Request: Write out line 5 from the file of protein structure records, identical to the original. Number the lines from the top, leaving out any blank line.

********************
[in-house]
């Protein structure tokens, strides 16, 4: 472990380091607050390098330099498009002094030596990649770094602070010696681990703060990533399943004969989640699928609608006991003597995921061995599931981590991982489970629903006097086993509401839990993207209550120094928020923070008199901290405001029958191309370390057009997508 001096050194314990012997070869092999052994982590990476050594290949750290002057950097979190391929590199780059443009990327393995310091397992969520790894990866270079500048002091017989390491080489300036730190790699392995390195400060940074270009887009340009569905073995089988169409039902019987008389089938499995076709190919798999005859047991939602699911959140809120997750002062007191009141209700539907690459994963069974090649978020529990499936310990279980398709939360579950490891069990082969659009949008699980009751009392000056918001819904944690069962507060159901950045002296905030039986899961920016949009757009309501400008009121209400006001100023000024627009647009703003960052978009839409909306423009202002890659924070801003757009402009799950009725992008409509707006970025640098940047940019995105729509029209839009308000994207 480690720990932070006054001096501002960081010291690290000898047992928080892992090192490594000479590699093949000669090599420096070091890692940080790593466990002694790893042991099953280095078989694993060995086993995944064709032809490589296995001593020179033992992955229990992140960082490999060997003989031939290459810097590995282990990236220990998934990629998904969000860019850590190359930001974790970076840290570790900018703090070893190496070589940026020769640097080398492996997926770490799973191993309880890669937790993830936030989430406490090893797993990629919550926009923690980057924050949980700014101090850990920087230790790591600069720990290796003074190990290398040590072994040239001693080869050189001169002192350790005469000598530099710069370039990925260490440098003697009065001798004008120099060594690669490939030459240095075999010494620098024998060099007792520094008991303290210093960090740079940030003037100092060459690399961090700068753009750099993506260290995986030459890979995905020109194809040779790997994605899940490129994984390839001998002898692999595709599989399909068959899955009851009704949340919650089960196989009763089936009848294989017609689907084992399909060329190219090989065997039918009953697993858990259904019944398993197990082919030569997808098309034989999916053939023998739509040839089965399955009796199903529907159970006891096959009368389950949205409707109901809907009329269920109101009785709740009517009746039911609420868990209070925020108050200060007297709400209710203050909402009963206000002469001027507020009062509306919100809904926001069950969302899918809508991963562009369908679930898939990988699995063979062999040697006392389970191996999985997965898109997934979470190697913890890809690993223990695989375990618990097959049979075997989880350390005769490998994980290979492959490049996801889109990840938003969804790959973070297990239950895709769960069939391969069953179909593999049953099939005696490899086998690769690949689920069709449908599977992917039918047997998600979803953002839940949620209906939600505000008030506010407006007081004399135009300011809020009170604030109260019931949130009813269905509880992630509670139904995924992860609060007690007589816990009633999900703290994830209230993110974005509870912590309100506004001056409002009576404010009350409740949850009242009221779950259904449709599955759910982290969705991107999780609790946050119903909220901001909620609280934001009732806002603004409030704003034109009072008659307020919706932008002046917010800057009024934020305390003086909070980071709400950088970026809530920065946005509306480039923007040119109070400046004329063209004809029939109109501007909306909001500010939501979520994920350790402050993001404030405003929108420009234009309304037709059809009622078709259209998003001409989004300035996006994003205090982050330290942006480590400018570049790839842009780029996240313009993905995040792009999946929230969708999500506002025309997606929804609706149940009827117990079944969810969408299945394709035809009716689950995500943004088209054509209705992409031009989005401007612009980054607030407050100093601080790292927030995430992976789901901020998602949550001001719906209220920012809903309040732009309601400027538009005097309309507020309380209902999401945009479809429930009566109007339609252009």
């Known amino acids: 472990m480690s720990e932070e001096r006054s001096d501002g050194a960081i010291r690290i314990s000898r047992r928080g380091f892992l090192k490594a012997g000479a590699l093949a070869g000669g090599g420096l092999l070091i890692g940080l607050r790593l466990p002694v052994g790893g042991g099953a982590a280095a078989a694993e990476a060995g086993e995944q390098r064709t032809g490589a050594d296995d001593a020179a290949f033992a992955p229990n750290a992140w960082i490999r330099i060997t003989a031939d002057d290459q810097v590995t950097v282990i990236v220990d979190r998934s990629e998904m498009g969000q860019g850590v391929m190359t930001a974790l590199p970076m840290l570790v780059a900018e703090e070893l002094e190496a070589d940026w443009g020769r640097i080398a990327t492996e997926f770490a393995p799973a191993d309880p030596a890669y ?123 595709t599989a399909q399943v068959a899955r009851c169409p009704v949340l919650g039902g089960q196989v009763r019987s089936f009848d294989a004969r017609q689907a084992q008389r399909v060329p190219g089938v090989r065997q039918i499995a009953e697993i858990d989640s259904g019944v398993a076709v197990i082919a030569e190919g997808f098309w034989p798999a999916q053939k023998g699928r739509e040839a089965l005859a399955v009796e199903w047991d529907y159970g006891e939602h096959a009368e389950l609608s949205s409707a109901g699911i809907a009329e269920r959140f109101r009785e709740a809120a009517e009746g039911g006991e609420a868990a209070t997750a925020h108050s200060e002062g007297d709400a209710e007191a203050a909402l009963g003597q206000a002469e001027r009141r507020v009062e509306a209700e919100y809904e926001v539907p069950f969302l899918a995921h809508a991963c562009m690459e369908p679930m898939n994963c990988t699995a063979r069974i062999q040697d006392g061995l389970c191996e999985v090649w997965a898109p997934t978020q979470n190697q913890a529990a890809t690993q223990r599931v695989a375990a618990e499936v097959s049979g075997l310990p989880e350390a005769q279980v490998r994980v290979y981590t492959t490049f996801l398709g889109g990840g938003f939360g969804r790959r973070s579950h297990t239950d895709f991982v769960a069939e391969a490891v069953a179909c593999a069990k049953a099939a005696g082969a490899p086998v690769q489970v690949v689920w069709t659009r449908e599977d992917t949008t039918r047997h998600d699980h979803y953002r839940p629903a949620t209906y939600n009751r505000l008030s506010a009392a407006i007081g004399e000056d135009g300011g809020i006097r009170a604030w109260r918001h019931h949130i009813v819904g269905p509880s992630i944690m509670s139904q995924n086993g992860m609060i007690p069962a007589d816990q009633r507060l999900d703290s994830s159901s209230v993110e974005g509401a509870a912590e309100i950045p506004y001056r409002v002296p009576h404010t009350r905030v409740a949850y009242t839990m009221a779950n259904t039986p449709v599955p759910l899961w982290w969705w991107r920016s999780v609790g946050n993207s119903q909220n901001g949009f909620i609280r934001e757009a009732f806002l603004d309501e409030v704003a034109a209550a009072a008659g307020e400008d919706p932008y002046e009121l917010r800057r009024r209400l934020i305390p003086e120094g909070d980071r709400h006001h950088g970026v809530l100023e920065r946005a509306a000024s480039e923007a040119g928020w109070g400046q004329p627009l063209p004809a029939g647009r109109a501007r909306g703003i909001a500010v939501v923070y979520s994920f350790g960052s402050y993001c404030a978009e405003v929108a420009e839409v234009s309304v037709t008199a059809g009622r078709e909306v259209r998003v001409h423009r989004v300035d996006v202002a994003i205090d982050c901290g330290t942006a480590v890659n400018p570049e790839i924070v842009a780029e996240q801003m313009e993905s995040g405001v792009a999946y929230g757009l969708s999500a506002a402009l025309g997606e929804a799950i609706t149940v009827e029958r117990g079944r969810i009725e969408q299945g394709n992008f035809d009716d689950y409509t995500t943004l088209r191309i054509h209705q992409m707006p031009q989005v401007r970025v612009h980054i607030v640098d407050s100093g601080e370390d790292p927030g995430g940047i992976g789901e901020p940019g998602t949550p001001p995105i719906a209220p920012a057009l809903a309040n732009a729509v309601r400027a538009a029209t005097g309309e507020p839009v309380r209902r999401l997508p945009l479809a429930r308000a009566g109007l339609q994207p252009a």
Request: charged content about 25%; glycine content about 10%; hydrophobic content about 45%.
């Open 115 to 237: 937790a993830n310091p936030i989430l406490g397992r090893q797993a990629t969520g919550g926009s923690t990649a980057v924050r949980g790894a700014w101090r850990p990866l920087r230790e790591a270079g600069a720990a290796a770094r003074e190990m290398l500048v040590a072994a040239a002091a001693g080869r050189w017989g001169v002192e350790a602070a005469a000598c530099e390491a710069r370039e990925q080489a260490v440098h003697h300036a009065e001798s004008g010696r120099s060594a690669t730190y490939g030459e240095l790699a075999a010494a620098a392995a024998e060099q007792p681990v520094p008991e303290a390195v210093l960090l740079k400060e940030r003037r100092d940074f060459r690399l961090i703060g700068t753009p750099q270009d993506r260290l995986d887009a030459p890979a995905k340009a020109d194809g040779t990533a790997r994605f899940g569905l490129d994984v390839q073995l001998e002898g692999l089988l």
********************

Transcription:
């Open 115 to 237: 937790a993830n310091p936030i989430l406490g397992r090893q797993a990629t969520g919550g926009s923690t990649a980057v924050r949980g790894a700014w101090r850990p990866l920087r230790e790591a270079g600069a720990a290796a770094r003074e190990m290398l500048v040590a072994a040239a002091a001693g080869r050189w017989g001169v002192e350790a602070a005469a000598c530099e390491a710069r370039e990925q080489a260490v440098h003697h300036a009065e001798s004008g010696r120099s060594a690669t730190y490939g030459e240095l790699a075999a010494a620098a392995a024998e060099q007792p681990v520094p008991e303290a390195v210093l960090l740079k400060e940030r003037r100092d940074f060459r690399l961090i703060g700068t753009p750099q270009d993506r260290l995986d887009a030459p890979a995905k340009a020109d194809g040779t990533a790997r994605f899940g569905l490129d994984v390839q073995l001998e002898g692999l089988l």